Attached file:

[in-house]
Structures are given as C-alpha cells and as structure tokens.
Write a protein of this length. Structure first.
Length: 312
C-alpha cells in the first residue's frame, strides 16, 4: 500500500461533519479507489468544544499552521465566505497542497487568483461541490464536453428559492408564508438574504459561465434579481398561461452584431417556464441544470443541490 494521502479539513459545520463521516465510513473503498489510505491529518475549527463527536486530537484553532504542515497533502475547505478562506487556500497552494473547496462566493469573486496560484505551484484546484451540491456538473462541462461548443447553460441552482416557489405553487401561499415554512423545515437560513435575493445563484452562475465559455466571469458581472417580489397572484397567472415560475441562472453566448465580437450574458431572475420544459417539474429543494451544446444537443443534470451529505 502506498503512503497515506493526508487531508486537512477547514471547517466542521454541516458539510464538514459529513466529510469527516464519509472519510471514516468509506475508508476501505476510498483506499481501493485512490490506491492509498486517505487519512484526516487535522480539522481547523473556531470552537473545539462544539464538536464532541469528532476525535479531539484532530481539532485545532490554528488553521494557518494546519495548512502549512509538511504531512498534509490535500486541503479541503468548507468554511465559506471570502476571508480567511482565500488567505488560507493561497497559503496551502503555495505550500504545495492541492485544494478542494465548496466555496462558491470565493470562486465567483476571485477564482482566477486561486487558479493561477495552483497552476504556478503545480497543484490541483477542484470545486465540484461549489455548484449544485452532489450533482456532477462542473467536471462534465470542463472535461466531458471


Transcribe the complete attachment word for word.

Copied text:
[in-house]
Structures are given as C-alpha cells and as structure tokens.
Write a protein of this length. Structure first.
Length: 312
C-alpha cells in the first residue's frame, strides 16, 4: 500500500461533519479507489468544544499552521465566505497542497487568483461541490464536453428559492408564508438574504459561465434579481398561461452584431417556464441544470443541490 494521502479539513459545520463521516465510513473503498489510505491529518475549527463527536486530537484553532504542515497533502475547505478562506487556500497552494473547496462566493469573486496560484505551484484546484451540491456538473462541462461548443447553460441552482416557489405553487401561499415554512423545515437560513435575493445563484452562475465559455466571469458581472417580489397572484397567472415560475441562472453566448465580437450574458431572475420544459417539474429543494451544446444537443443534470451529505 502506498503512503497515506493526508487531508486537512477547514471547517466542521454541516458539510464538514459529513466529510469527516464519509472519510471514516468509506475508508476501505476510498483506499481501493485512490490506491492509498486517505487519512484526516487535522480539522481547523473556531470552537473545539462544539464538536464532541469528532476525535479531539484532530481539532485545532490554528488553521494557518494546519495548512502549512509538511504531512498534509490535500486541503479541503468548507468554511465559506471570502476571508480567511482565500488567505488560507493561497497559503496551502503555495505550500504545495492541492485544494478542494465548496466555496462558491470565493470562486465567483476571485477564482482566477486561486487558479493561477495552483497552476504556478503545480497543484490541483477542484470545486465540484461549489455548484449544485452532489450533482456532477462542473467536471462534465470542463472535461466531458471